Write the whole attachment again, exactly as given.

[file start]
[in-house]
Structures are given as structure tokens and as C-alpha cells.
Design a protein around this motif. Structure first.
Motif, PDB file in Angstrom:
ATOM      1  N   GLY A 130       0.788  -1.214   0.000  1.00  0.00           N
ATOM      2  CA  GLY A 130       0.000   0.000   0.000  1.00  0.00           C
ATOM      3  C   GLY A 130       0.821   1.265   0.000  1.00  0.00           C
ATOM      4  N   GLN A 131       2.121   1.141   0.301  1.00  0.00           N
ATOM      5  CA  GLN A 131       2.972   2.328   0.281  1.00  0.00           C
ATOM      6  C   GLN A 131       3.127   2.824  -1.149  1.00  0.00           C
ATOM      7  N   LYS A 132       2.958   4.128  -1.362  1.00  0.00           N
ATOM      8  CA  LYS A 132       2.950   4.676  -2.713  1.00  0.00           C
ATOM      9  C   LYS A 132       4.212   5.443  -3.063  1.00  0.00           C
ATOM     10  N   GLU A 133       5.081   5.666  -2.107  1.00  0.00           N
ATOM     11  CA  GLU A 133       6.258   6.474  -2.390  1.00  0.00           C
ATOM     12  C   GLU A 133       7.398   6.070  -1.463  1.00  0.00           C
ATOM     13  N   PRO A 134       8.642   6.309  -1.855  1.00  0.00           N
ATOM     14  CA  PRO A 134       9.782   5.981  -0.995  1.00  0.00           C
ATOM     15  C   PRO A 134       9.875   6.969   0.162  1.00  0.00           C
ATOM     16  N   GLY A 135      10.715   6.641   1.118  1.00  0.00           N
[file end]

[in-house]
Structures are given as structure tokens and as C-alpha cells.
Design a protein around this motif. Structure first.
Motif, PDB file in Angstrom:
ATOM      1  N   GLY A 130       0.788  -1.214   0.000  1.00  0.00           N
ATOM      2  CA  GLY A 130       0.000   0.000   0.000  1.00  0.00           C
ATOM      3  C   GLY A 130       0.821   1.265   0.000  1.00  0.00           C
ATOM      4  N   GLN A 131       2.121   1.141   0.301  1.00  0.00           N
ATOM      5  CA  GLN A 131       2.972   2.328   0.281  1.00  0.00           C
ATOM      6  C   GLN A 131       3.127   2.824  -1.149  1.00  0.00           C
ATOM      7  N   LYS A 132       2.958   4.128  -1.362  1.00  0.00           N
ATOM      8  CA  LYS A 132       2.950   4.676  -2.713  1.00  0.00           C
ATOM      9  C   LYS A 132       4.212   5.443  -3.063  1.00  0.00           C
ATOM     10  N   GLU A 133       5.081   5.666  -2.107  1.00  0.00           N
ATOM     11  CA  GLU A 133       6.258   6.474  -2.390  1.00  0.00           C
ATOM     12  C   GLU A 133       7.398   6.070  -1.463  1.00  0.00           C
ATOM     13  N   PRO A 134       8.642   6.309  -1.855  1.00  0.00           N
ATOM     14  CA  PRO A 134       9.782   5.981  -0.995  1.00  0.00           C
ATOM     15  C   PRO A 134       9.875   6.969   0.162  1.00  0.00           C
ATOM     16  N   GLY A 135      10.715   6.641   1.118  1.00  0.00           N